Almost half of Texas fourth graders scored a zero on the STAAR writing composition last year

Researchers and teachers worry the new approach to the STAAR writing could kill creativity, but the Texas Education Agency argues it better reflects how learning happens in class.

By Dominic Anthony Walsh, Houston Public MediaMarch 5, 2024 11:29 am, ,

From Houston Public Media:

Erika De La Rosa was excited when she heard about the sweeping changes to the STAAR exam.

“When they initially announced it, as an English teacher, it sounded like a fantastic idea because writing should be incorporated everywhere,” De La Rosa said.

She teaches seventh grade in Houston ISD. Before last year, writing was only tested on a separate exam in fourth and seventh grade, as well as in high school.

“What I saw for years was that because it was only tested in fourth and seventh grade, students would only get explicit writing instruction in fourth and seventh grade,” she said. “And so as a seventh-grade teacher, I would be scrambling to try to figure out how can I cover all of these grammar mechanics? How do I cover all of these writing techniques? What can I drop? What do we need to focus on?”

For the first time last year, every public school teacher in Texas from third through eighth grade had to grapple with those questions. The STAAR 2.0 redesign was complete, including a complete shift to an online testing platform, instead of the traditional paper exam. It also marked the end of the separate writing exams in fourth and seventh grade; instead, writing was included at every grade level.

The results were eye-popping. Before the changes, about 5% of students across the state scored a zero out of 8 on “constructed response” writing questions, which are similar to essay prompts. After the changes, 46% of fourth graders scored a zero out of 10 — 20% in seventh grade, and 25% in high school.

“I’m not fully surprised because the test is so new and so different from how things have been in the past,” De La Rosa said. “Because years prior, the task was simply composition. Can they compose something that makes sense, that is all organized, that is grade-level writing? It didn’t require, like, a literary analysis.”

Students also performed poorly in grades where writing was assessed for the first time. Last year, 42% of third graders scored a zero on constructed response questions — along with about 25% of students in fifth, sixth and eighth grade.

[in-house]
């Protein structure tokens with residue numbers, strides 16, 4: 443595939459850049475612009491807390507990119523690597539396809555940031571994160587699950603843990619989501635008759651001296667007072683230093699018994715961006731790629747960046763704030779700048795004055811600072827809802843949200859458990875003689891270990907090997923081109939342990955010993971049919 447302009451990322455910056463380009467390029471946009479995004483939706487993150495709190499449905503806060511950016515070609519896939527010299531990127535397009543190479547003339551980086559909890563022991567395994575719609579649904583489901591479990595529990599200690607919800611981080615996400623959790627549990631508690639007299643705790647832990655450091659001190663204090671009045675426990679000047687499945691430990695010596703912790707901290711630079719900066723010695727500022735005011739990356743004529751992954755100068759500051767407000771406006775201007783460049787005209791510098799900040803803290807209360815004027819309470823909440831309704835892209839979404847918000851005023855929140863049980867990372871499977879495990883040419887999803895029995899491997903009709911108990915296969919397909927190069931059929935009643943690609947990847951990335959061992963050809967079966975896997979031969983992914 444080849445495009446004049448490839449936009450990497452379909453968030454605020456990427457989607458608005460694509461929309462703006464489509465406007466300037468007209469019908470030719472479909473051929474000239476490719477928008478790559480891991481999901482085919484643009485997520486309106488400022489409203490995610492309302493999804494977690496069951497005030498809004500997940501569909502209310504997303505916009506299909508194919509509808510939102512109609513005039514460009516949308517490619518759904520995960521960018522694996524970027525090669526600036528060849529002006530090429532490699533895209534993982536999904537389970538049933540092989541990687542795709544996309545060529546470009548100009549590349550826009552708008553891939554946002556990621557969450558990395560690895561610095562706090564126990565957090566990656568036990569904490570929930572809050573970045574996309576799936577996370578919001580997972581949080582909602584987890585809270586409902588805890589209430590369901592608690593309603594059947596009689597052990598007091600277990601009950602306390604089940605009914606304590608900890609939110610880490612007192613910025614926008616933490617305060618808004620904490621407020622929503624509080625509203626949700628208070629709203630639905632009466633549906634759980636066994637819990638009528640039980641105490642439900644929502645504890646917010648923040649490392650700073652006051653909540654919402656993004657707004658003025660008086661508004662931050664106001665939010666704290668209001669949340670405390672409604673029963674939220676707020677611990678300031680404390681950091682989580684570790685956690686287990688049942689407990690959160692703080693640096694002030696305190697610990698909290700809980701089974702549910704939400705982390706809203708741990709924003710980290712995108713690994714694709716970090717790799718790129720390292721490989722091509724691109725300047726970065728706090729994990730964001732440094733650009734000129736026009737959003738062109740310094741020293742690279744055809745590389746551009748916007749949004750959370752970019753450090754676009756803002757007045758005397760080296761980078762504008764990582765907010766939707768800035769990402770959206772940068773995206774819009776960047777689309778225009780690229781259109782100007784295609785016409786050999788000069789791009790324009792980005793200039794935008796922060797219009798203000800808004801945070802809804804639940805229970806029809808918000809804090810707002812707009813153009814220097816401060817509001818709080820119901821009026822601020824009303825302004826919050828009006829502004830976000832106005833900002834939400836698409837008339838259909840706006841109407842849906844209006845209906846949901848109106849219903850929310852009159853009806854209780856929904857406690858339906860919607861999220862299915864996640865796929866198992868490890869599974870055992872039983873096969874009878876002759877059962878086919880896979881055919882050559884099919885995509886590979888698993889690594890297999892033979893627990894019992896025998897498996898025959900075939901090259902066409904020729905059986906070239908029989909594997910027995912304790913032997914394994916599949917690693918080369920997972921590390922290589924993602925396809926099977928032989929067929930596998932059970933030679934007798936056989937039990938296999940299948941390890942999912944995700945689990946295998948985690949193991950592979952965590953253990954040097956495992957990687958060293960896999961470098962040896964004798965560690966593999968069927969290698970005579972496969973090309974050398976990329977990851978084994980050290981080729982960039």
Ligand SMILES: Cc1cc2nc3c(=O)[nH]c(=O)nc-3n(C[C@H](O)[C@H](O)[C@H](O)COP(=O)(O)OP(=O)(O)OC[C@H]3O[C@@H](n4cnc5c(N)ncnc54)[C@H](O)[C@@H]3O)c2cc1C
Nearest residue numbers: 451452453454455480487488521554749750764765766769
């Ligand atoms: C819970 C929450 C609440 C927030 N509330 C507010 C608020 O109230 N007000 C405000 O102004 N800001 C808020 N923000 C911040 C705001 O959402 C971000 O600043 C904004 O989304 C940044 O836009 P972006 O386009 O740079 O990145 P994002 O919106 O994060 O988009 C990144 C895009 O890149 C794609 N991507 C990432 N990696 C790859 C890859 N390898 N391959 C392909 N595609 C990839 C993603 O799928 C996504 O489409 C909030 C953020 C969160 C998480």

Teachers, researchers and school leaders argue the new approach to writing assessment could kill creativity and curiosity in the classroom, especially with the way test scores tie into the TEA’s more stringent school accountability system. The TEA continues to project confidence about the changes, arguing the shift is intended to align the test with how teaching happens in the classroom.

‘Comparing apples to celery’

Chris Rozunik with the Texas Education Agency argued that year-to-year comparisons of constructed response scores are “kind of comparing apples to celery in some ways.”

As she pointed out, the shift from paper to online was not the only change. The writing composition questions are also different. They now include cross-curricular reading passages that reference multiple subject areas, and the grading rubrics for writing questions are more stringent.

“We are asking students to think differently about answering these questions,” Rozunik said. “When we set those standards last spring, we like to think about it as a very different world.”

It’s also important to note that an increase in zeros on writing compositions doesn’t necessarily mean an increase in the number of students who failed the STAAR. For example, 78% of fourth graders passed the RLA STAAR last year compared to 77% the year before.

Before the redesign, students had to get about half the questions on the test correct to “approach” grade level (to pass the test). Now, there are more types of questions, including ones that allow partial credit, and students only have to get credit for about a third of the questions to “approach” grade level.

“It’s not a percentage as we think of in school — you know, 70% is passing,” Rozunik said. “You need to step away from that scale entirely and think about the test as a whole, keeping in mind that we’re required to measure every student in the state of Texas, including the most high-flying, smartest kid on the planet. Within the scale which we generate, you need a lot of room above the approaches category, which is that very first level that students can be considered on track for success in the future.”

The TEA insists the online shift didn’t make the test more difficult, but researchers still have questions about that. With the exception of pre-approved accommodations for kids with disabilities, all students from third grade through high school now take the exam on a computer.

Jodi Pilgrim is associate dean with the College of Education at the University of Mary-Hardin Baylor. She’s also a former fourth-grade teacher.

“We’re wanting to assess how good they are at writing, but there’s a possibility that we’re also assessing how well they can type,” she said. “Those that are really good typers are going to do better on it.”

Concerns about creativity

Pilgrim also worries the new approach to writing could stifle creativity.

Before the STAAR 2.0 redesign, in the spring of 2021, fourth graders were given this quote: “Good teachers know how to bring out the best in students.” Their writing prompt: “Write about the best teacher you know.

“I liked this a lot as a teacher,” Pilgrim said. “It was open-ended. Because if the prompt was a personal experience, any student can write about that. We tend to start our school years writing personal narratives because all students can tell about themselves.”